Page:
Manganese mud (MnM) is a manganese oxide petal-like nanostructured precipitate that accumulates on the inner surface of pipes transferring reclaimed effluent from the Shafdan soil aquifer treatment system to irrigation fields in southern Israel. It was found that Mn2+ adsorbs on the MnM sediment, and under aerobic conditions, rapid Mn(II) oxidation takes place. The MnM exhibited superior Mn(II) adsorption capacity compared to other commercially available manganese oxide catalysts. A filter loaded with anthracite-supported MnM was developed and used as a highly efficient, reagentless catalyst for the continuous oxidative removal of dissolved Mn. A 10-13 m3·h-1 pilot plant was constructed for Mn removal from Mn-rich effluent by atmospheric oxygen oxidation. The system operated continuously for more than two years with minimal maintenance, without oxidative regeneration. No ripening period was required, and the fixed bed exhibits exceptionally high catalytic efficiency. The proposed filter is superior to synthetic supported manganese oxide reactors because it does not require periodic regeneration by strong oxidizers; it is superior to filtration units for manganese removal because it does not require ripening time. A possible explanation for the superior catalytic activity based on the delicate, two-dimensional structure of MnM is presented.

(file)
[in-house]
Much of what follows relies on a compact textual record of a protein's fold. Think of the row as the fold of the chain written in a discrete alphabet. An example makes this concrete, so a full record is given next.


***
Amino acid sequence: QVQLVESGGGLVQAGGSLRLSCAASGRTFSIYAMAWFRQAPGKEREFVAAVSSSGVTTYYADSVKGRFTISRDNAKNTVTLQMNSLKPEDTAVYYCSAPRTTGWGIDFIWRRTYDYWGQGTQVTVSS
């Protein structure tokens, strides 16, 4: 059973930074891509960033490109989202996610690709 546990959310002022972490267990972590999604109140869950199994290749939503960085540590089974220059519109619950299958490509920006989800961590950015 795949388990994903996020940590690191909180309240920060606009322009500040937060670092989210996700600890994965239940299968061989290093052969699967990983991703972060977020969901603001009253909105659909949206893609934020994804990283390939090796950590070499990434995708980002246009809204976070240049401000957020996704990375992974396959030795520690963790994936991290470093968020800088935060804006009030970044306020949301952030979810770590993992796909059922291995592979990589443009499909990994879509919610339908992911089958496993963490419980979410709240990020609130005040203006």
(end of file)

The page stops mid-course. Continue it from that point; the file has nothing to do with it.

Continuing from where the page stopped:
|Original language||American English|
|Journal||Journal of Environmental Engineering, ASCE|
|State||Published - 1 Aug 2017|
Bibliographical notePublisher Copyright:
© 2017 American Society of Civil Engineers.
- Fixed bed
- Manganese removal
- Water quality